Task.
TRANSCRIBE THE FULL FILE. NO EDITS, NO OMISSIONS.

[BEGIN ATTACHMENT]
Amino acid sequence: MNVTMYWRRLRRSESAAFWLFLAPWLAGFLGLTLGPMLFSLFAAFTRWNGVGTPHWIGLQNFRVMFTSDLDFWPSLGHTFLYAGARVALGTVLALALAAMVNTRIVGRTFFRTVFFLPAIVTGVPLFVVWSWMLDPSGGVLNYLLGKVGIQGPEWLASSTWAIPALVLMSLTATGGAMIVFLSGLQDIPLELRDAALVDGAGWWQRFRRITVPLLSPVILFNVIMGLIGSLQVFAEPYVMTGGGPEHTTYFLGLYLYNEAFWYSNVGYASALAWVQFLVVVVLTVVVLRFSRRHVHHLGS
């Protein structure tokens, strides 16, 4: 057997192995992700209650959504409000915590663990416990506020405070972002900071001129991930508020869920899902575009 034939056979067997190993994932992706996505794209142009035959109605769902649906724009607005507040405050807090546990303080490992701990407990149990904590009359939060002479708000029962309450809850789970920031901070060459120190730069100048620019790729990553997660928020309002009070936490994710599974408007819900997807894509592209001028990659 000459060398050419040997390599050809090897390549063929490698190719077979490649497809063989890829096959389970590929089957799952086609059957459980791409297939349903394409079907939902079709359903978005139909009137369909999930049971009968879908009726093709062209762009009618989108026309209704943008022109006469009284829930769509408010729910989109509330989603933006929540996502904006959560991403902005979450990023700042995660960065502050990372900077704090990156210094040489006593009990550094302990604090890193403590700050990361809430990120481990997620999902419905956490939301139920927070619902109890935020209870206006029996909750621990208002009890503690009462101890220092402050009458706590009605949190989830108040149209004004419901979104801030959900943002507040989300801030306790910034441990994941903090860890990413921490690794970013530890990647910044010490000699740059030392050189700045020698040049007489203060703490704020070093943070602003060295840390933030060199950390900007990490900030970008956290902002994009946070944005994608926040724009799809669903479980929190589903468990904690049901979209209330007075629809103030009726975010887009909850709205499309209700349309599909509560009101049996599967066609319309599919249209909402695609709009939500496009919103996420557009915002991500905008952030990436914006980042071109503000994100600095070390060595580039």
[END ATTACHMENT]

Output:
Amino acid sequence: MNVTMYWRRLRRSESAAFWLFLAPWLAGFLGLTLGPMLFSLFAAFTRWNGVGTPHWIGLQNFRVMFTSDLDFWPSLGHTFLYAGARVALGTVLALALAAMVNTRIVGRTFFRTVFFLPAIVTGVPLFVVWSWMLDPSGGVLNYLLGKVGIQGPEWLASSTWAIPALVLMSLTATGGAMIVFLSGLQDIPLELRDAALVDGAGWWQRFRRITVPLLSPVILFNVIMGLIGSLQVFAEPYVMTGGGPEHTTYFLGLYLYNEAFWYSNVGYASALAWVQFLVVVVLTVVVLRFSRRHVHHLGS
């Protein structure tokens, strides 16, 4: 057997192995992700209650959504409000915590663990416990506020405070972002900071001129991930508020869920899902575009 034939056979067997190993994932992706996505794209142009035959109605769902649906724009607005507040405050807090546990303080490992701990407990149990904590009359939060002479708000029962309450809850789970920031901070060459120190730069100048620019790729990553997660928020309002009070936490994710599974408007819900997807894509592209001028990659 000459060398050419040997390599050809090897390549063929490698190719077979490649497809063989890829096959389970590929089957799952086609059957459980791409297939349903394409079907939902079709359903978005139909009137369909999930049971009968879908009726093709062209762009009618989108026309209704943008022109006469009284829930769509408010729910989109509330989603933006929540996502904006959560991403902005979450990023700042995660960065502050990372900077704090990156210094040489006593009990550094302990604090890193403590700050990361809430990120481990997620999902419905956490939301139920927070619902109890935020209870206006029996909750621990208002009890503690009462101890220092402050009458706590009605949190989830108040149209004004419901979104801030959900943002507040989300801030306790910034441990994941903090860890990413921490690794970013530890990647910044010490000699740059030392050189700045020698040049007489203060703490704020070093943070602003060295840390933030060199950390900007990490900030970008956290902002994009946070944005994608926040724009799809669903479980929190589903468990904690049901979209209330007075629809103030009726975010887009909850709205499309209700349309599909509560009101049996599967066609319309599919249209909402695609709009939500496009919103996420557009915002991500905008952030990436914006980042071109503000994100600095070390060595580039």